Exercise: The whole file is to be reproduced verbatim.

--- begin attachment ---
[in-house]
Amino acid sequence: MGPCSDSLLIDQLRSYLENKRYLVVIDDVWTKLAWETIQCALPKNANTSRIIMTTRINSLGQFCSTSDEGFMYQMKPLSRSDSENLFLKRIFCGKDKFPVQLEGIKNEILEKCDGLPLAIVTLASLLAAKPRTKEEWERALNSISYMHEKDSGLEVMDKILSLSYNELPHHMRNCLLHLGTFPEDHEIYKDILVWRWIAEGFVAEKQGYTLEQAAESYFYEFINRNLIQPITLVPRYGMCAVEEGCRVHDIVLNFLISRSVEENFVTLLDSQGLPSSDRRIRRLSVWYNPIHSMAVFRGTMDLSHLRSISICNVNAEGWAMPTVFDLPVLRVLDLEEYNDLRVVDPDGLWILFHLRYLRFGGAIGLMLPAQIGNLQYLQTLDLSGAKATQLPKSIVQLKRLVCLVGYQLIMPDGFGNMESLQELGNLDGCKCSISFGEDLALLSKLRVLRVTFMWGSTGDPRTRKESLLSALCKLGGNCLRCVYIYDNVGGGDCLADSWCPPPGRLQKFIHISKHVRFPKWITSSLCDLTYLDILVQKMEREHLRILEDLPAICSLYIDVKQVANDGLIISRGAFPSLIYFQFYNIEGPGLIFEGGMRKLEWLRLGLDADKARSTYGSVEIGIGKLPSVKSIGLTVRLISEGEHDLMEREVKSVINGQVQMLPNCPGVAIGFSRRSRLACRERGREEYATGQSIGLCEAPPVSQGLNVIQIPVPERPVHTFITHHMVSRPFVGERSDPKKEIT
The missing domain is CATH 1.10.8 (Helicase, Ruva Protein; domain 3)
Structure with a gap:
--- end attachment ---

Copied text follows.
[in-house]
Amino acid sequence: MGPCSDSLLIDQLRSYLENKRYLVVIDDVWTKLAWETIQCALPKNANTSRIIMTTRINSLGQFCSTSDEGFMYQMKPLSRSDSENLFLKRIFCGKDKFPVQLEGIKNEILEKCDGLPLAIVTLASLLAAKPRTKEEWERALNSISYMHEKDSGLEVMDKILSLSYNELPHHMRNCLLHLGTFPEDHEIYKDILVWRWIAEGFVAEKQGYTLEQAAESYFYEFINRNLIQPITLVPRYGMCAVEEGCRVHDIVLNFLISRSVEENFVTLLDSQGLPSSDRRIRRLSVWYNPIHSMAVFRGTMDLSHLRSISICNVNAEGWAMPTVFDLPVLRVLDLEEYNDLRVVDPDGLWILFHLRYLRFGGAIGLMLPAQIGNLQYLQTLDLSGAKATQLPKSIVQLKRLVCLVGYQLIMPDGFGNMESLQELGNLDGCKCSISFGEDLALLSKLRVLRVTFMWGSTGDPRTRKESLLSALCKLGGNCLRCVYIYDNVGGGDCLADSWCPPPGRLQKFIHISKHVRFPKWITSSLCDLTYLDILVQKMEREHLRILEDLPAICSLYIDVKQVANDGLIISRGAFPSLIYFQFYNIEGPGLIFEGGMRKLEWLRLGLDADKARSTYGSVEIGIGKLPSVKSIGLTVRLISEGEHDLMEREVKSVINGQVQMLPNCPGVAIGFSRRSRLACRERGREEYATGQSIGLCEAPPVSQGLNVIQIPVPERPVHTFITHHMVSRPFVGERSDPKKEIT
The missing domain is CATH 1.10.8 (Helicase, Ruva Protein; domain 3)
Structure with a gap: